Web Server vs. Application Server: How Do They Differ?

By Indeed Editorial Team

Published 23 May 2022

The Indeed Editorial Team comprises a diverse and talented team of writers, researchers and subject matter experts equipped with Indeed's data and insights to deliver useful tips to help guide your career journey.

Many businesses use online functionality in their operations, which requires certain IT infrastructure. A crucial part of a company's IT infrastructure is servers that meet different needs of a business. Learning more about servers and the services they provide can be valuable in understanding how a company can utilise them. In this article, we explore what a web server vs. application server is, go over how they differ and where their functions may overlap and provide tips on when to use them.

Web server vs. application server

Here are the definitions of a web server vs. application server:

Web server

A web server allows a computer to host websites that's typically a software or hardware system. It processes hypertext transfer protocol (HTTP) and hypertext transfer protocol secure (HTTPS) requests in a web browser. From these requests, a web server delivers static content like videos, images, files or HTML pages to a client. Static content is any content that requires manual updates and doesn't update in real-time.

The client is typically a computer web browser or mobile application. For example, a business may host its website on a web server. The web server processes requests through a web browser to access static content on the website so a user can view the content.

Related: What Does Web Designer Do? (Definition, Salary and Skills)

Application server

Application servers may power the interactive components of a website. These servers host web applications, which are computer programs that run inside a web browser. The main functionality of an application server is to provide clients access to business logic, which is part of a program that encodes rules for storing, creating and manipulating data. Application servers allow clients to access business logic by facilitating interactions between a client and the server's application code. Using business logic, application servers can create dynamic content from data, such as:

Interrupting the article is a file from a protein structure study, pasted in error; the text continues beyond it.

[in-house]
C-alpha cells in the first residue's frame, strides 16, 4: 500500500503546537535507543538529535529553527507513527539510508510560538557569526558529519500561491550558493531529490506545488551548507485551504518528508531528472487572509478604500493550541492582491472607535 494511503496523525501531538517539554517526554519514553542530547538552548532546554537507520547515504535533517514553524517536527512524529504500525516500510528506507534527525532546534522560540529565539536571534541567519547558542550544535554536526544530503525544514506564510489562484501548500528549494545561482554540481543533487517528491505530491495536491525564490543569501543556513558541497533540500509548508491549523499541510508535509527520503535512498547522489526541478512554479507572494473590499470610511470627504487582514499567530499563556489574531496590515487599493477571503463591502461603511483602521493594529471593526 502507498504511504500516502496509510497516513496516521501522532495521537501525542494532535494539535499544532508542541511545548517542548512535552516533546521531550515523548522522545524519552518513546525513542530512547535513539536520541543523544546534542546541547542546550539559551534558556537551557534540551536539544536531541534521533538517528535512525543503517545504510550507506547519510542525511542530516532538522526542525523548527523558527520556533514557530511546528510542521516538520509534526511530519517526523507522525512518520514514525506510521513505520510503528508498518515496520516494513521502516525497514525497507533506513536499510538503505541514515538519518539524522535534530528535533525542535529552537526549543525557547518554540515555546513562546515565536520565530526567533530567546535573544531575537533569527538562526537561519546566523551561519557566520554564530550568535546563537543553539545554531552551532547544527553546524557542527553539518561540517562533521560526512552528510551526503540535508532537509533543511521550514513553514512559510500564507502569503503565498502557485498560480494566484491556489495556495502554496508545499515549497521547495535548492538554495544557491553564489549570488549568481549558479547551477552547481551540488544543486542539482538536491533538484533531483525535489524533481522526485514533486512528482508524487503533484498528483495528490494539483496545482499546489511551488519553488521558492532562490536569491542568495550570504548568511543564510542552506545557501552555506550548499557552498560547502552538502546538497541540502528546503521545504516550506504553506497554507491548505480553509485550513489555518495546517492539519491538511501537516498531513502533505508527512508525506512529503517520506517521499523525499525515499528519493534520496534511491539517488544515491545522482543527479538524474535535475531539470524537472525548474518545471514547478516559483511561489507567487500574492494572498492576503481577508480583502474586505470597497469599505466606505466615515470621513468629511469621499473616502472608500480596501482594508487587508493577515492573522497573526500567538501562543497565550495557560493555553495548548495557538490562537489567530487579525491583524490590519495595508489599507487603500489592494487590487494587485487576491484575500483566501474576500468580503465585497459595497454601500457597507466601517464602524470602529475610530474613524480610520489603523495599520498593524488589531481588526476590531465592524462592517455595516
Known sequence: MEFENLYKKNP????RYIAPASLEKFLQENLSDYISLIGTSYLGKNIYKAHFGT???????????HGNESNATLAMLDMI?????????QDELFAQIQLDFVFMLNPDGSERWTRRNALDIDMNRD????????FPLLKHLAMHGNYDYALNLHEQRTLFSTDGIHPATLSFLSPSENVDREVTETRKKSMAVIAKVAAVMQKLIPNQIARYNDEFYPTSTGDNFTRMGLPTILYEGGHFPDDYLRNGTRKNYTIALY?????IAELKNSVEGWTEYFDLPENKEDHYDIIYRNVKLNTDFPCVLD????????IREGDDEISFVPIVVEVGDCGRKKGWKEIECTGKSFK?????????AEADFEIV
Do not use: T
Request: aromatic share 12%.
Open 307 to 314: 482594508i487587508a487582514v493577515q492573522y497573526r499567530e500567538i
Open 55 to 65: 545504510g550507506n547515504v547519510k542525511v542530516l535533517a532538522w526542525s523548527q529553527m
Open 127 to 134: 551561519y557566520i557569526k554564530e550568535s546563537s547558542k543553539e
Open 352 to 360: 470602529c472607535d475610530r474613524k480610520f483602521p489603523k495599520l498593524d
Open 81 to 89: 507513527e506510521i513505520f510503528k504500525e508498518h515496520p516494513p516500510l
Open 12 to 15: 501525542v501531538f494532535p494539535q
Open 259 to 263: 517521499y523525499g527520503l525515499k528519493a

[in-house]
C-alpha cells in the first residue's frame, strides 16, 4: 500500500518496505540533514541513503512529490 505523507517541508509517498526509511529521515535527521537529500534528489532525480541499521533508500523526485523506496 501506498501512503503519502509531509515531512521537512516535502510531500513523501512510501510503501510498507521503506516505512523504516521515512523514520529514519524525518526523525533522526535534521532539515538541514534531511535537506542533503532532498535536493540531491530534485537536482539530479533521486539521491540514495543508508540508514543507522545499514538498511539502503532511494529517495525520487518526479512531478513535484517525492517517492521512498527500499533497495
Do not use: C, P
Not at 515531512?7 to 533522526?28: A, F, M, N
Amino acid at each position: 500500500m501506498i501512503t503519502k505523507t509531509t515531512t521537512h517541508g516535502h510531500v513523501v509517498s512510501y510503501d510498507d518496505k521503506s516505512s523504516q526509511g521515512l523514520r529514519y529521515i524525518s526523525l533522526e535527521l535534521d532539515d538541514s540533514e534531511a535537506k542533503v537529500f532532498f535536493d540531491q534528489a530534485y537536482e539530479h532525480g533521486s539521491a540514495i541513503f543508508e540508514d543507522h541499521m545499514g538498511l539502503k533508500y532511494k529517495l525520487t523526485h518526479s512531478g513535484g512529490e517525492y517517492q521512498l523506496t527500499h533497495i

• analytics

  • transaction results

  • decision support

The capacity to track data in real-time can be valuable in carrying out useful administrative tasks that support business functions. For example, a marketing department can benefit from real-time data to assess consumer engagement with digital content on an ongoing basis, such as using a program that automatically tracks website engagement metrics. As the program is automatically recording and updating data, it's using a dynamic process and is likely hosted through an application server.

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Key differences between web and application servers

Here are some of the key differences between web servers and application servers:

Purpose

The primary difference between these two server types is in their main purpose. Both process requests, but carry out tasks of differing complexity. A web server's principal purpose is to host a website and process simple requests. It receives HTTP requests and uses a web browser to display responses. The result of using a web server is typically a hypertext document that displays information from the request in a web browser, such as opening a video or webpage.

Application servers handle more complicated tasks. They host applications and use business logic to provide more complex interactions. As opposed to the web server's simplistic hypertext document output, application servers can produce more specialised results. They're able to create files containing data that fulfil specific user needs. For example, application servers can process digital financial transactions.

Protocols and clients

In programming, a client is a program or computer that sends a request to another program for it to produce a result. A protocol describes the rules followed by a program for this transmission of data to another program. The most common client for a web server is a web browser. Web servers only use HTTP and HTTPS protocols.

Application servers can also use web browsers, but they may serve other clients, such as mobile applications. They also commonly serve enterprise-based applications. These are strategic tools businesses may use to model, project and oversee business operations. Application servers may also use HTTP and HTTPS, but can also use other communication protocols.

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Content